been advised, are collectible on any interest-paying
date after a certain maturity. Of course, this is much
closer-in than the maturity date.
Prefer Small Locality Bonds
I might also state that in our municipal bond purchases, most bonds are rated A with a few B, AA, and
about $2.25 million bonds are non-rated bonds. We
found that we have had the best luck, money-wise,
with them. The rates are slightly larger, and we prefer
to purchase them out of a small locality such as those
that need a new school or a new hospital, or an addition
to their water works or sewage facilities.
In the smaller localities, we do not have the worry of
having the population increasing and taxes being raised
to extend municipal or school facilities. We also like to
have those particular non-rated bonds be in school dis­
tricts that possess a lot of land. For example, Minne­
sota farmers, whose land covers most of these bonds,
seem to have the ability to have a very excellent taxpaying desire.
The new money market rate instruments, which are


https://fraser.stlouisfed.org
Federal Reserve Bank of St. Louis

25
now available, will present more of a problem for banks
such as ours, as we will have to be able to maintain the
spread between the cost of these funds, and then be
able to get a return for our banks. We do use an Apple
computer, and it has been a great help for us in deter­
mining what we feel are satisfactory figures. We also
use the Shesunhoff spread, which is somewhat com­
parable to the spread that we use.
Planned Maturity Ranges
In answer to what maturity range we plan to pur­
chase within the next three months, I would say that
we probably will now start to go from three to five
years, with five years being the extreme. Anything
over five years would have to have a put situation con­
nected with it.
As to our Fed Funds compared to one year ago, I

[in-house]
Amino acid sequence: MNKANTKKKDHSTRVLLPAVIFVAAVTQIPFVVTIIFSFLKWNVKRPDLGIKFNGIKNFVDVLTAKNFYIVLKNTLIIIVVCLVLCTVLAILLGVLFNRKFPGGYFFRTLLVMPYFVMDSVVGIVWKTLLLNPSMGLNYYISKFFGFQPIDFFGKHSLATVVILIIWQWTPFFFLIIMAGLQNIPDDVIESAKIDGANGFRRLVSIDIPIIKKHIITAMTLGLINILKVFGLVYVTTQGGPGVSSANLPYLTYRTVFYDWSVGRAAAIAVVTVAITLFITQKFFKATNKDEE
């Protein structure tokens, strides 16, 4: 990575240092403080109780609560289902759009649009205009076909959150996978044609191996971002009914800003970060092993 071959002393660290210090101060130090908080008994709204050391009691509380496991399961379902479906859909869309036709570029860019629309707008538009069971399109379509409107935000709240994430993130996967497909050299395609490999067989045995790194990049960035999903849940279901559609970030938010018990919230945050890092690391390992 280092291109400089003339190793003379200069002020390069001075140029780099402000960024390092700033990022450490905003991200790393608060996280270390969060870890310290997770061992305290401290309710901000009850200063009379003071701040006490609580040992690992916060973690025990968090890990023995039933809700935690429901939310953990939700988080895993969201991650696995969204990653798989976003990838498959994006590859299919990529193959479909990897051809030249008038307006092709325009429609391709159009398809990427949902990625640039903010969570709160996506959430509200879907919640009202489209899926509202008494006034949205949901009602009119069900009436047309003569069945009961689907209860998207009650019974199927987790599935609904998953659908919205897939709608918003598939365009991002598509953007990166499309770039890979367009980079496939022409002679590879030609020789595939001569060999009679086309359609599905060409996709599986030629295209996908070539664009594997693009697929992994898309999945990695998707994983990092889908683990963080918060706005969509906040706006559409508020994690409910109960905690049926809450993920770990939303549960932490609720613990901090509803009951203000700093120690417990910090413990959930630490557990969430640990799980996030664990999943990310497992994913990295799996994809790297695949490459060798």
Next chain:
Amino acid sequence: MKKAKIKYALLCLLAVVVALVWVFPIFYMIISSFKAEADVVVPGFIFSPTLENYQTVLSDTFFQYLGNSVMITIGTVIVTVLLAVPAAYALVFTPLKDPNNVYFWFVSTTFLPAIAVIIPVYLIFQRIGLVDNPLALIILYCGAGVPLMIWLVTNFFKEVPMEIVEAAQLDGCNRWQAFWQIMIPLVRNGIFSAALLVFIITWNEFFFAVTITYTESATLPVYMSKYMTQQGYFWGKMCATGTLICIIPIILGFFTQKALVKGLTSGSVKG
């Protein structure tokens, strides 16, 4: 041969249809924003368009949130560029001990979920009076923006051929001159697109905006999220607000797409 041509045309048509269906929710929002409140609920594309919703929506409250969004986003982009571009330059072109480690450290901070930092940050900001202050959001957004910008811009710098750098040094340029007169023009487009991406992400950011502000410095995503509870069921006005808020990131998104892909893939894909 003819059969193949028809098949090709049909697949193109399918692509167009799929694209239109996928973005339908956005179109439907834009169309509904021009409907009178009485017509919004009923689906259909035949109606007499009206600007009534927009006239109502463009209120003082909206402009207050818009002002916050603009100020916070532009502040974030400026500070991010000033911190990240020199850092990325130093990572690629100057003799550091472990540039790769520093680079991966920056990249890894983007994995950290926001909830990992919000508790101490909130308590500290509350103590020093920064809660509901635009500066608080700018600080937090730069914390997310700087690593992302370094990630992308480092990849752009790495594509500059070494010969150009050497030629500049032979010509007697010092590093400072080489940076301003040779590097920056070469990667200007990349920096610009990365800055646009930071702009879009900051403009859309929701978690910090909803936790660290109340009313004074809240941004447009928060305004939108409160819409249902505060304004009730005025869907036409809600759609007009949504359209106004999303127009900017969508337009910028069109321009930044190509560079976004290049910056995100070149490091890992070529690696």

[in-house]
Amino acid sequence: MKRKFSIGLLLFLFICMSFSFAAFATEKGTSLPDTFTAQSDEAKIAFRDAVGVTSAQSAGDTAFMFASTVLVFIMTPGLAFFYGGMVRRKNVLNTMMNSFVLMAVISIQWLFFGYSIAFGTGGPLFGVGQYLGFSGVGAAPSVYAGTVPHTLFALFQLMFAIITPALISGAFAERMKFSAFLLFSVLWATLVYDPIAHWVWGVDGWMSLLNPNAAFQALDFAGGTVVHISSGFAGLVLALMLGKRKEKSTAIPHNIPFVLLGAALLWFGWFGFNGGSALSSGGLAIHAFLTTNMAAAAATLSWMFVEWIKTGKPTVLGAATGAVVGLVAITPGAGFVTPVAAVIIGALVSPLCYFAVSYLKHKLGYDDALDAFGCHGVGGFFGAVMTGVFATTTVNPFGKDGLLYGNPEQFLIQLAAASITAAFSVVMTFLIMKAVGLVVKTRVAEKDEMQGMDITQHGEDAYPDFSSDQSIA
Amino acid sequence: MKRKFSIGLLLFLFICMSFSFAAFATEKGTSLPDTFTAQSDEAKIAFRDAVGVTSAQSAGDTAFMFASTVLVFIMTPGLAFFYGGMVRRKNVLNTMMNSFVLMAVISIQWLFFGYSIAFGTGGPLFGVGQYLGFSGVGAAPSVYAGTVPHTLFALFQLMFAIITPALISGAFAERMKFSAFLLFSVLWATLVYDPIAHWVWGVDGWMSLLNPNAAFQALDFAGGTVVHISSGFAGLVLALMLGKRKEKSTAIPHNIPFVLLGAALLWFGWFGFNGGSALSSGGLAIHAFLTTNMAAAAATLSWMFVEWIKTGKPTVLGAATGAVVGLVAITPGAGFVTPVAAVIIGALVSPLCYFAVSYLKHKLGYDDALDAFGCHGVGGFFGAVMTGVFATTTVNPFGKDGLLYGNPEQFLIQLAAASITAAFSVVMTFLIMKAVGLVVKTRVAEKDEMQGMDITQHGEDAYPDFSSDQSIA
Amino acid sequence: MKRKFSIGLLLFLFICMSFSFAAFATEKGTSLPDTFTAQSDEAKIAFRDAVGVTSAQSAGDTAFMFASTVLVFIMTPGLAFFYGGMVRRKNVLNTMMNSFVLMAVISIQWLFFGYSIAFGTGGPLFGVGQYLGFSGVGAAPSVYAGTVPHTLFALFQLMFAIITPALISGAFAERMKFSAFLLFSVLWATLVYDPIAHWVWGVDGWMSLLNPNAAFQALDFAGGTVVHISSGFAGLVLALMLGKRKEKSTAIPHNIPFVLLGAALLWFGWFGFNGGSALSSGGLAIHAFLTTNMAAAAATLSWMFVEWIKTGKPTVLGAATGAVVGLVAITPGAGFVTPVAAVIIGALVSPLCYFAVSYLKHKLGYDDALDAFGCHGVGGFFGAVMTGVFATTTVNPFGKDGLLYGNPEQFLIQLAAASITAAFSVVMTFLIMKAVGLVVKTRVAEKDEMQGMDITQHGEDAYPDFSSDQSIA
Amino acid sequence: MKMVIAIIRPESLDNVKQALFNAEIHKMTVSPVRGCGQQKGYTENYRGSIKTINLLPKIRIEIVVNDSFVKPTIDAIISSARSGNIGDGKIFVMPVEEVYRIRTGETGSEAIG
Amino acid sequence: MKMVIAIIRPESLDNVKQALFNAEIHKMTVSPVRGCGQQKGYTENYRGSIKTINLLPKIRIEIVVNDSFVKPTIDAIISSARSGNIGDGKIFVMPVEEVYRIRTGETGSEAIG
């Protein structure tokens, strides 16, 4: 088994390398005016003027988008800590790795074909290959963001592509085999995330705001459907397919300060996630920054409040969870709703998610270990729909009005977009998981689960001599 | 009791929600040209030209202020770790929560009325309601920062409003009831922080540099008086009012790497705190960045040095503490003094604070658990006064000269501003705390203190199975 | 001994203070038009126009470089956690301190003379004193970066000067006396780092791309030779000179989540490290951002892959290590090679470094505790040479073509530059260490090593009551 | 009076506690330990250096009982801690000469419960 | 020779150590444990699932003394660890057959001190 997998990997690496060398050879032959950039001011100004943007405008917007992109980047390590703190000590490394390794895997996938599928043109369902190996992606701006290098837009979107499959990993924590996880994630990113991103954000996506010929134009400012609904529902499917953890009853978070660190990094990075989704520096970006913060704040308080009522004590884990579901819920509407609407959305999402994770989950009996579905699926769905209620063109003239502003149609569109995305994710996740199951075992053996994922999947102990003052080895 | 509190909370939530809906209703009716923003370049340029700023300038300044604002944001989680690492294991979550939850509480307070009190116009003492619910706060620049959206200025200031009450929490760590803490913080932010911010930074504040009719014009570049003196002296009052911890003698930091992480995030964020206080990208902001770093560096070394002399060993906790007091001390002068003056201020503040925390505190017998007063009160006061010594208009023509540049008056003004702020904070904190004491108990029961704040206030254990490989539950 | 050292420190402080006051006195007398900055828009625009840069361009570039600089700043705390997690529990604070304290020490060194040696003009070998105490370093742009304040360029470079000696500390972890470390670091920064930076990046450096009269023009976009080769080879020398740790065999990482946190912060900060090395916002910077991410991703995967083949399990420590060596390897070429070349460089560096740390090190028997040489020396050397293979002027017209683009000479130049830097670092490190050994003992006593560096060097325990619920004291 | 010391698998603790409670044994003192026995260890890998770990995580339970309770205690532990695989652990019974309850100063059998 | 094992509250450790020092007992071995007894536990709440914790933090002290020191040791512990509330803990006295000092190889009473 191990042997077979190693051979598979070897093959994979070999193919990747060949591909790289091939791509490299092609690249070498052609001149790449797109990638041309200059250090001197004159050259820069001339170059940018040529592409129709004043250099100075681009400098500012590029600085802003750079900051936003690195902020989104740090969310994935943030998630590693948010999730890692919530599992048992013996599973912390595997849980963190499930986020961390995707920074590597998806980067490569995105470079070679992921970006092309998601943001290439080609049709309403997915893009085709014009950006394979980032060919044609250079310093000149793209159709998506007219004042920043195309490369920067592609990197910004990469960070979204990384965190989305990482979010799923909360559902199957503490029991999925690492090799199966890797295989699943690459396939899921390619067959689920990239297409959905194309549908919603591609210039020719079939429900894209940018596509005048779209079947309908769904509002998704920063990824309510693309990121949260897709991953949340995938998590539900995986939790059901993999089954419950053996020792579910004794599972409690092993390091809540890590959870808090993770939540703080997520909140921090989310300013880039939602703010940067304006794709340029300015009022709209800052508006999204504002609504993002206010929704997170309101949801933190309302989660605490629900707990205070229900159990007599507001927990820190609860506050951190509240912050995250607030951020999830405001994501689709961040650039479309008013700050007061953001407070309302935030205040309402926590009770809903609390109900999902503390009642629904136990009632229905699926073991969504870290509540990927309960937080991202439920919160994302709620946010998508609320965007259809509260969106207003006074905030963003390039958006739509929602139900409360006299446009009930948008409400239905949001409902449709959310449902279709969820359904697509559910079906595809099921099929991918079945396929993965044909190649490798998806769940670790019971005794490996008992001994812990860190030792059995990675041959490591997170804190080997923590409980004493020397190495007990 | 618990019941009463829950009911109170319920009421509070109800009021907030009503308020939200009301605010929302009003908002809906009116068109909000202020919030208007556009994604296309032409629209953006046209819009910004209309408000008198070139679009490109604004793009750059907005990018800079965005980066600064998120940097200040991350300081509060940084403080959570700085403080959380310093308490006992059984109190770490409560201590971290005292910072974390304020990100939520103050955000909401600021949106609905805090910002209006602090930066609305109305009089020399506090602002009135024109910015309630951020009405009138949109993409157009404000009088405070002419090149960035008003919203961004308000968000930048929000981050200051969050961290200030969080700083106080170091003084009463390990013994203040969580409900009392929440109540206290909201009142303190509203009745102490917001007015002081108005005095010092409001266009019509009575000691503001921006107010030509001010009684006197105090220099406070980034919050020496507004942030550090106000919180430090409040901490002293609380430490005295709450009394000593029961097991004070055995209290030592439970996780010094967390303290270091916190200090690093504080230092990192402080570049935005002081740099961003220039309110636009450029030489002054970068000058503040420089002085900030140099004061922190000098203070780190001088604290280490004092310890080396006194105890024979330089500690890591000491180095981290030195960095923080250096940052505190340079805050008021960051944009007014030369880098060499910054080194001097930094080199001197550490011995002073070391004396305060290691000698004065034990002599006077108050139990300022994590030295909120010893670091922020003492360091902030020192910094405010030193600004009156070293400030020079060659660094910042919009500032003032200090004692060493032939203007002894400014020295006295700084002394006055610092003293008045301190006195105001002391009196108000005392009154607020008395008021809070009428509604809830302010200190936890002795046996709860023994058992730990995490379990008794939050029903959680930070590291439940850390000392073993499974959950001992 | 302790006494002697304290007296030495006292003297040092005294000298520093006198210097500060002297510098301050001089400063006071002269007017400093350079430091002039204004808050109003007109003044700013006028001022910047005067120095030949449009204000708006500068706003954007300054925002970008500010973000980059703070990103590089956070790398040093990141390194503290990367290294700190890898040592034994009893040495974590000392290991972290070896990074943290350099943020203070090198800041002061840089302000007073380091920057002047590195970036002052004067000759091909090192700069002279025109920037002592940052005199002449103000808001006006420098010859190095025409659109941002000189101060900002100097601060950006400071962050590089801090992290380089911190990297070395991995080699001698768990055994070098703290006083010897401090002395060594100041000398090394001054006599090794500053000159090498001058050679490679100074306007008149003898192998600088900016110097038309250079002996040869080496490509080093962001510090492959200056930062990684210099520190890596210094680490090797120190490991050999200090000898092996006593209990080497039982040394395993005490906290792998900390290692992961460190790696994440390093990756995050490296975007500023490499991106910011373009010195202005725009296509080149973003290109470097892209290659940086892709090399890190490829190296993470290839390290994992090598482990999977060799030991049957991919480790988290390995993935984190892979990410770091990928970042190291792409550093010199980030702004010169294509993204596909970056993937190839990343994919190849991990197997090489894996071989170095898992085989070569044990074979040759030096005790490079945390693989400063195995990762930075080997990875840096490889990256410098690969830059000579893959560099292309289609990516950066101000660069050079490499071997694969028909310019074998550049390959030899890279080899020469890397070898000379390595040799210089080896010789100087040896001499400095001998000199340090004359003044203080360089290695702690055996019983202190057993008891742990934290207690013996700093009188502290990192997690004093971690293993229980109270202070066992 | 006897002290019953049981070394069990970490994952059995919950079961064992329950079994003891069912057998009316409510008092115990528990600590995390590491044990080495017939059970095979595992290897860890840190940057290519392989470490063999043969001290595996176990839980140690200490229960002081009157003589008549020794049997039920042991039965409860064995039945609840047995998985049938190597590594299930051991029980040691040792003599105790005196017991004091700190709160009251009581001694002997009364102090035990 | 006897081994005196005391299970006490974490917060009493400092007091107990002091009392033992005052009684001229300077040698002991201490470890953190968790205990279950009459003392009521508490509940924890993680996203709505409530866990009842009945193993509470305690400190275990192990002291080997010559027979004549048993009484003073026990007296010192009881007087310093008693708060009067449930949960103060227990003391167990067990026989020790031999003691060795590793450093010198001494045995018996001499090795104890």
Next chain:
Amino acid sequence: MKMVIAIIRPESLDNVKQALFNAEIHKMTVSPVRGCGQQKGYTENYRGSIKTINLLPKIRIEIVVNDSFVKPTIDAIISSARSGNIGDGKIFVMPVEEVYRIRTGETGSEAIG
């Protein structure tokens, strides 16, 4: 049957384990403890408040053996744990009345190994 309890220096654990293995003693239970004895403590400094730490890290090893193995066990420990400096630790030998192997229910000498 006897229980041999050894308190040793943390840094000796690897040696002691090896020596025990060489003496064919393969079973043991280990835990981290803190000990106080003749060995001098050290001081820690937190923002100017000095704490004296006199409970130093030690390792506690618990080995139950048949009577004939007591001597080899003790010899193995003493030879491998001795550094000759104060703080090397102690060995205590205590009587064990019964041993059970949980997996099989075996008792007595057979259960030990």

would say we are getting much less for Fed Funds now
than we did then. I think we have more invested in Fed
Funds than ever before, thus providing us with liquidi­
ty in the event that interest rates go up in the next
three months, which I am anticipating. I am also hop­
ing I am wrong, but I feel this will be the eventuality.
We are not extending our maturities very much at
this time; probably a year to not over two years. Our
municipal holdings compared to a year ago are down
considerably; in fact, down about $3 million dollars. As
to what we will do in 1983, I would estimate we will
simply replace the ones that are running off.
Investment Planning for 1983
You ask how I view the investment planning task
for 1983 in view of the economic, political, and de-regulatory climate. I would say that the key to 1983 will
be money — domestic money as in Ml or M 2, and in­
ternational money as in the multi-billion dollar loans to
developing countries. These worry me, as it could come
to the point where every single bank in this country
might have to contribute towards the payment of
those delinquent debts in order to maintain world
financial stability, thus and thereby, restraining the
growth of communism or socialism.
If money, (or more credit, should I say) which is what
we sell in banks, becomes or is perceived to become too
widely available, then in my opinion the inflationary
fears or fuels which are still smoldering will be reignited.
Economic recovery must be real, and not imagined,
during 1983, or all markets will reverse to the down
side. Right now, for an increasing number of indicators,
the markets are pointing upward, In fact, 1983 could be
potentially explosive. One of the conditions required for
this would be low and nominal interest rates. Without
interest rates, additional long-term declines will occur,
and a sustained economic recovery will be jeopardized
because the real interest rates — the difference between
the current rates and the inflationary rate — will stay
too high.